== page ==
By Mike Compton
Many print service providers (PSPs) are working with fabrics today for backlit graphics, while others are still seeking to learn about and enter this high-growth market. Mainstream applications include trade-show booths, museum exhibits, point-of-purchase (POP) retail displays, interior decor, storefronts, curved architectural structures, sports venue banners, airport ads and ceiling displays, among many others.
At the same time, there are many fabrics to choose from, with different weights and construction characteristics suitable for different applications.
Knitted vs. woven
One of the most basic choices is between knitted and woven fabrics.
Knitted fabrics typically offer better stretch characteristics for the frame systems for backlit graphics. They can even be easily used with curved frame structures. One of the advantages of their stretch capabilities is ensuring dimensional stability, as the stretching of printed graphics should be as uniform as possible.
Densely knitted fabrics provide stronger opacity for the diffusion of light-emitting diode (LED) illumination. Lock stitch construction prevents the accidental tearing of finished graphics and allows them to be cold-cut, rather than hot-knifed.
Woven fabrics can also be used for backlit graphic applications, depending on the density of the weave and, again, opacity and stretch capacity. They are best-suited for flat display frame structures, as they offer less stretching for curved frames.
These fabrics feature loose-end weave construction, so they require hot-knifing to seal their edges to prevent fraying. Depending on their precise type of weave, they may reveal ‘hot spots’ from LED illumination, particularly when finished images are viewed from an angle.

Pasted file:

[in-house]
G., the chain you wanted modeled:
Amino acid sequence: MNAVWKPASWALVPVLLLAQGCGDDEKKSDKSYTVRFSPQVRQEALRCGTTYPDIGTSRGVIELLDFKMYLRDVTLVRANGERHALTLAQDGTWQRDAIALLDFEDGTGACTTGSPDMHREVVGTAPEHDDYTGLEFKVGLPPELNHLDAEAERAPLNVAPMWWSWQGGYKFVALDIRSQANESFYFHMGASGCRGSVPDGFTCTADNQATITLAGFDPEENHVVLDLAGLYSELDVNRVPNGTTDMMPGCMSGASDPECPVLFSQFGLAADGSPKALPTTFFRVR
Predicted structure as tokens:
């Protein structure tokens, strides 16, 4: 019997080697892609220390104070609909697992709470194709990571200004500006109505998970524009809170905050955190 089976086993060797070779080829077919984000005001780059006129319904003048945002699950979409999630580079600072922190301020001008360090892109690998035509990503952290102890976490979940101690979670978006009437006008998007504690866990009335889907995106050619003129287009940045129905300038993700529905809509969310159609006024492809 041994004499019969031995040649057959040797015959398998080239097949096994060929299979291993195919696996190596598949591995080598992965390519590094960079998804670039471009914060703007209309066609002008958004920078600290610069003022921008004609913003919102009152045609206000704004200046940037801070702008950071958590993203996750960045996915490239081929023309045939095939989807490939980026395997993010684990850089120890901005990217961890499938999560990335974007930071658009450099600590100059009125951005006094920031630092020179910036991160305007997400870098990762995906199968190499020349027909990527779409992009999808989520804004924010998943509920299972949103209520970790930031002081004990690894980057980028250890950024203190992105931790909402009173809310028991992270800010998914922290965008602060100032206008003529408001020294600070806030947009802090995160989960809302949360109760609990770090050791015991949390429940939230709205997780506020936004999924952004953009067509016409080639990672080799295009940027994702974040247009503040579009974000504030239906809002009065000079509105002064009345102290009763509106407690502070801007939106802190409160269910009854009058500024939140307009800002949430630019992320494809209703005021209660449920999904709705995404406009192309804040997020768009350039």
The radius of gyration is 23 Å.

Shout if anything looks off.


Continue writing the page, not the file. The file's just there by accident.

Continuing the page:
Both knitted and woven fabrics for backlit graphics range in weight from 113 to 312 g (4 to 11 oz) per 0.8 m2 (1 sq yd).
Coated vs. uncoated
Today’s premium fabrics that have been manufactured with backlit graphic applications in mind feature print-receptive diffuser coatings. By dispersing the light from the LEDs, these coatings help provide even illumination across the finished images.
Coatings prevent the aforementioned hot spots, which can be an issue with uncoated fabrics, and also eliminate ‘pinholes,’ where light could show through an open weave or knit and distract from the printed image’s quality. A properly coated fabric eliminates the need for an additional diffuser panel behind the graphic.
Coated fabrics are also recommended because they can be printed with a variety of inkjet technologies, including heat-transfer and direct dye sublimation, durable aqueous ‘latex’ and ultraviolet-curing (UV-curing) printers.
Extra attention may be needed when printing and handling coated fabrics, but the efforts pay off by yielding brilliant backlit graphics upon completion.